• Going south (toward the ocean): go under the overpass, the road curves right onto Bear Creek Road. Turn left at the stop sign.
  • Going north (toward Los Gatos): take the overpass.

From the stop sign, drive 1 mile. The parking lot is on the left.

Get directions to main lot:

 

Equestrian Parking Information
Permits are available for limited equestrian parking at Bear Creek Stables. Apply for an equestrian parking permit.

Trails

Upper Lake Loop Trail

Beginning at the parking lot, the easy-access Upper Lake Loop Trail features habitat restoration sites and historical artifacts such as Ohlone mortars. Information for a self-guided interpretive tour is included in the brochure map available at the preserve entrance. The trail is an accessible pathway and can easily accommodate mobility devices, strollers, and users of all ages and abilities. Download interpretive tour map

Alma Trail

The Alma (the Spanish word for soul) Trail is a 2.5-mile trail located west of Bear Creek Road and is accessible using the new pedestrian crossing. This trail traverses into densely wooded fir and redwood forests, through bay and oak woodlands, eventually linking to the Madrone Knoll Trail. Be prepared: These trails climb from the parking area located at 1,000 feet in elevation to Madrone Knoll, the highest point, at 2,400 feet.

Guided hikes at Bear Creek Redwoods will begin this summer. Visit the Docent-led Activities page for details.

Trail Conditions

No trail conditions to report.

History

At one time, the slopes of the Santa Cruz Mountains were covered with old-growth redwood forests with trees several hundred years old. Between 1850 and 1900, the rapid growth of San Francisco and San Jose fueled a high demand for lumber, and most of the old-growth trees in the region were felled. When the timber industry was replaced by a private estate, a number of orchards and vineyards were established throughout the property.  However, Timber harvest continued on some areas well into the mid 1900s.  In 1934, the majority of what is now Bear Creek Redwoods Preserve was sold to the Jesuits, who established a theological college, the first of its kind on the west coast.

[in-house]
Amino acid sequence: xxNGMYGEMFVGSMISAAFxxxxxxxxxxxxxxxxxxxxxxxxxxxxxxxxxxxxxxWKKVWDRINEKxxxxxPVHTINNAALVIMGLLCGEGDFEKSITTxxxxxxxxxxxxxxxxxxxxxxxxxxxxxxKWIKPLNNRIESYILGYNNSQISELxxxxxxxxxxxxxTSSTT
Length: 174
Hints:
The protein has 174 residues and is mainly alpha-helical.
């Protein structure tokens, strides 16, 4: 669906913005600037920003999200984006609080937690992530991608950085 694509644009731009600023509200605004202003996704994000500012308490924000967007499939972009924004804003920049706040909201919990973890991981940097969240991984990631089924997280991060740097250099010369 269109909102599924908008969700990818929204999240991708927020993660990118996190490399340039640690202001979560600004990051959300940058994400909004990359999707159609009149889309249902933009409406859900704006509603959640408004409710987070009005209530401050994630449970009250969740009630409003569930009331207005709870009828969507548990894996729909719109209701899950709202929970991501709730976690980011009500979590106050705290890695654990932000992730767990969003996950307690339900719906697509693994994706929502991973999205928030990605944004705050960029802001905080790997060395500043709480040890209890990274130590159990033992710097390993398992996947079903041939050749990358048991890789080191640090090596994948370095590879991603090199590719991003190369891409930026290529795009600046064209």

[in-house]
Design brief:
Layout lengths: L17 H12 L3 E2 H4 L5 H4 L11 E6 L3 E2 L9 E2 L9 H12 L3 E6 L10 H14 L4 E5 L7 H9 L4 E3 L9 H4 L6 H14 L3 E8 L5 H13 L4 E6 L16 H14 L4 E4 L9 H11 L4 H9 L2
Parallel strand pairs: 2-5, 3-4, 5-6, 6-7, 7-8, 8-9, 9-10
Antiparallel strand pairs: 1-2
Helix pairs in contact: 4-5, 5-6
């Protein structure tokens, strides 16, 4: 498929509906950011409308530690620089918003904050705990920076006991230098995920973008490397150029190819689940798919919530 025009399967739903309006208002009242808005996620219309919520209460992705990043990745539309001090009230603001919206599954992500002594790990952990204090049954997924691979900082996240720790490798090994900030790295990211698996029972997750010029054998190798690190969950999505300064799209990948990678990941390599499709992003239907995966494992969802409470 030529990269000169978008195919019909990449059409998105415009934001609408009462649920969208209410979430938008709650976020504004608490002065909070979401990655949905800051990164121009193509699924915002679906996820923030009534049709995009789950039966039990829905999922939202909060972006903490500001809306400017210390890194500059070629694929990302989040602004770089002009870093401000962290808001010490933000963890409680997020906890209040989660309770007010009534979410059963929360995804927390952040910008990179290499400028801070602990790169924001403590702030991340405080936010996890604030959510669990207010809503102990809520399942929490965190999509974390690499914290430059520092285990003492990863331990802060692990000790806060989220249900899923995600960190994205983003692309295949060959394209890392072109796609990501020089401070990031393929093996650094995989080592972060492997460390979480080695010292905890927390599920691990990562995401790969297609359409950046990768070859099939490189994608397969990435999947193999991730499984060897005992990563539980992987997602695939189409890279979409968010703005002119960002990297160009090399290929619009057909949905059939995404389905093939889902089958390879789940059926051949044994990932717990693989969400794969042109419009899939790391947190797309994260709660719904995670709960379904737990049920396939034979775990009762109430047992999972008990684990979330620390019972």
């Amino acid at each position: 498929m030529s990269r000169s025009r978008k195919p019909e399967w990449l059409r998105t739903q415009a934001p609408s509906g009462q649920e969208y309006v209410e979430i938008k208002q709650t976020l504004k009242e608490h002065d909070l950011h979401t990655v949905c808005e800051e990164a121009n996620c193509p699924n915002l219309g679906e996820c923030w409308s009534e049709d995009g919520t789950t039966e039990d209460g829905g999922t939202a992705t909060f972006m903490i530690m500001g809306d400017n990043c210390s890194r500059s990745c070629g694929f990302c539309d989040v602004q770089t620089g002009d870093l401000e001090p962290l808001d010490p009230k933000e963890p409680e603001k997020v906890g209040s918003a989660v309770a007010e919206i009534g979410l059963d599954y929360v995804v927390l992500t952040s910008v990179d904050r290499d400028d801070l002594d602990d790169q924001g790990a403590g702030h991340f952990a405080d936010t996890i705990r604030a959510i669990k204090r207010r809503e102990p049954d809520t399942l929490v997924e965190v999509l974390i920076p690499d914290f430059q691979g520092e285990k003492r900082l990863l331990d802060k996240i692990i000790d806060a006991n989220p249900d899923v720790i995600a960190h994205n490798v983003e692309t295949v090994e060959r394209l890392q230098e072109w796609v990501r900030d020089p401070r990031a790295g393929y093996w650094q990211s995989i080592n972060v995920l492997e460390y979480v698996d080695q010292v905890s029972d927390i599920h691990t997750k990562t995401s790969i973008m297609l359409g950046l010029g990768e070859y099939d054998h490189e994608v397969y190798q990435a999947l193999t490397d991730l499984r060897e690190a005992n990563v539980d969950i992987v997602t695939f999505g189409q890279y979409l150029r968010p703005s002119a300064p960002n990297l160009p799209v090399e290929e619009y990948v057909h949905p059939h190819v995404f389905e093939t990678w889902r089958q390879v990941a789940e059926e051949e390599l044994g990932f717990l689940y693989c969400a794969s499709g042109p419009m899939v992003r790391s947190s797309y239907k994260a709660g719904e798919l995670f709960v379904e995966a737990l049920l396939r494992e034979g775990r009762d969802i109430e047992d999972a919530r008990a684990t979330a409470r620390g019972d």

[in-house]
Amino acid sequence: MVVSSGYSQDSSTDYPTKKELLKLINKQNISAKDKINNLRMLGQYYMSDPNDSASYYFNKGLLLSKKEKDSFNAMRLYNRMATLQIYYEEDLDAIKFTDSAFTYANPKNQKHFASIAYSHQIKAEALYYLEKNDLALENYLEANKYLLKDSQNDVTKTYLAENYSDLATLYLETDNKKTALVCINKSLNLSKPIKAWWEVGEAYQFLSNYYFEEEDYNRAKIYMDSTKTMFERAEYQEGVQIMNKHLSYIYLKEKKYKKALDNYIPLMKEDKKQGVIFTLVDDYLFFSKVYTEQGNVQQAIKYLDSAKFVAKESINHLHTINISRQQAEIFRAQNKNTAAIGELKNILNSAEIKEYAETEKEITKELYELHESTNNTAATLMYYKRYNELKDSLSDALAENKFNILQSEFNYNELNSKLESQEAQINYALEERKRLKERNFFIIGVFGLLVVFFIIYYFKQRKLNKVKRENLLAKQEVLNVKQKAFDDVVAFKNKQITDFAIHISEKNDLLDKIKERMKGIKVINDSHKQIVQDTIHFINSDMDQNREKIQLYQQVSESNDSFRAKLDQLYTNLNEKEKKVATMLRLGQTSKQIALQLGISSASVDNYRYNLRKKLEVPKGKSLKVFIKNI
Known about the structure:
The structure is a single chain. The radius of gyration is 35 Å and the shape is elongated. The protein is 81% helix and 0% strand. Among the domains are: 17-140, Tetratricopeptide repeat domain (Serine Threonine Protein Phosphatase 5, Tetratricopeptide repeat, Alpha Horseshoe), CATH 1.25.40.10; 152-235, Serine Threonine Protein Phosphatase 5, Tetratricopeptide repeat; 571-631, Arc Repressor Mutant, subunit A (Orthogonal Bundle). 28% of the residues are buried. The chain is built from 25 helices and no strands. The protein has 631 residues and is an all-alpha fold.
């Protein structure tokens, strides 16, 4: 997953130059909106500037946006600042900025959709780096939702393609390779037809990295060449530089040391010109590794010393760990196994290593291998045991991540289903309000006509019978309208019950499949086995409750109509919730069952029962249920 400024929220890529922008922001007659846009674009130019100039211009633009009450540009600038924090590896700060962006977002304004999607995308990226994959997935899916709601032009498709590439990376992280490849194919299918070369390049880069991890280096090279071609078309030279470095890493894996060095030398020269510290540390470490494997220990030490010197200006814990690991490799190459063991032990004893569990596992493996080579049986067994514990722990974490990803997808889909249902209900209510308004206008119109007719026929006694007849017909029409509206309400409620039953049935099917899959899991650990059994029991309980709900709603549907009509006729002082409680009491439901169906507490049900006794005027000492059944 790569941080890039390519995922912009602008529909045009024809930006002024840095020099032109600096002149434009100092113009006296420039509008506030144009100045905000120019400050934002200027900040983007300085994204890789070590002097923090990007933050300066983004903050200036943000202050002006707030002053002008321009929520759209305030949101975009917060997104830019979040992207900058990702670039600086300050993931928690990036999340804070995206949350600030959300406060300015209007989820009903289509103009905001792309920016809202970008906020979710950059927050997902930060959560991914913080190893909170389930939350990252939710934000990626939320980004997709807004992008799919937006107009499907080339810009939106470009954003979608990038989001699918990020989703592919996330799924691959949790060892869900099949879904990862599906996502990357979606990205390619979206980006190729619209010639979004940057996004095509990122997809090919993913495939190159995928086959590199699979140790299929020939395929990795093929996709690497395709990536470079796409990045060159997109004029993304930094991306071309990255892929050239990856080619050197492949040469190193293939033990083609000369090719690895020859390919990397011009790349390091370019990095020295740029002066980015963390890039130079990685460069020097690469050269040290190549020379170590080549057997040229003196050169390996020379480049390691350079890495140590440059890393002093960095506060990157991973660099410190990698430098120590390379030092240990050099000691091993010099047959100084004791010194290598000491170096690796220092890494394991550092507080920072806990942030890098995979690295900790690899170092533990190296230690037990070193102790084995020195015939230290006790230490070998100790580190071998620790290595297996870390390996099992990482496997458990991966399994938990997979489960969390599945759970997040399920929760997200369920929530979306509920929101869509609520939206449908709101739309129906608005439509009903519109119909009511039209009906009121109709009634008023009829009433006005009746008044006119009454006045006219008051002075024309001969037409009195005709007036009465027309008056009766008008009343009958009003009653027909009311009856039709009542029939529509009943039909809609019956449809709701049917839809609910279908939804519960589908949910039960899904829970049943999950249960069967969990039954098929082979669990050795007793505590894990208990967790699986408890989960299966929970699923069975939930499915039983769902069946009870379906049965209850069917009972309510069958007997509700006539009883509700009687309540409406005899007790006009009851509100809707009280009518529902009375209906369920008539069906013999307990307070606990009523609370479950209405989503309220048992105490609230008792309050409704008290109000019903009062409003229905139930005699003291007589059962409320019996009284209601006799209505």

The college closed in 1969, and the property was slated to be developed into a golf course and luxury estates. Instead of expansive homes and putting greens, local conservationists saw room to breathe, for plants, wildlife and people. With support from the Committee for Green Foothills, advocates sent letters, made phone calls and spoke at public meetings, voicing their concerns about environmental damage from the proposed development. Meanwhile, Midpen and POST worked together to buy the property so it could be protected in perpetuity. In 1999, thanks to state grants and generous private donations, Bear Creek Redwoods Open Space Preserve was created at last.

Learn more about Bear Creek Redwood’s fascinating history through our interactive online experience, including blast-from-the-past photos.

Regulations

  • Hours: Open half an hour before sunrise to half an hour after sunset.
  • Bicyclists: Bikes are NOT allowed in this Preserve. For information on preserves open to bikes visit the Bicycle Access page.
  • Equestrians: Horses are allowed on designated trails in this Preserve. Helmets are recommended for all equestrians. For more information visit the Equestrian Access page.
  • Groups: For safety reasons, permits are required for all groups of 20 or more people.
  • Permits: A use permit is required for any activity or event which: may be attended by twenty (20) or more people; OR is advertised or noticed in any publication, poster, electronic posting or flyer; OR requests/requires a fee be paid for participation. Visit the Permit page for more information.
     
  • Fires: Fires are prohibited on preserves.
     
  • Smoking: Smoking is prohibited on preserves.
     
  • Weapons: Weapons of any kind are prohibited on preserves. 
     
  • Plants and Animals: Please leave plants and animals undisturbed. This not only preserves the natural environment, but is also a safety precaution. 
     
  • Water Areas: Swimming wading, or engaging in any water-contact activity in any water areas of the District is prohibited.

Download District Regulations and Ordinances

Overview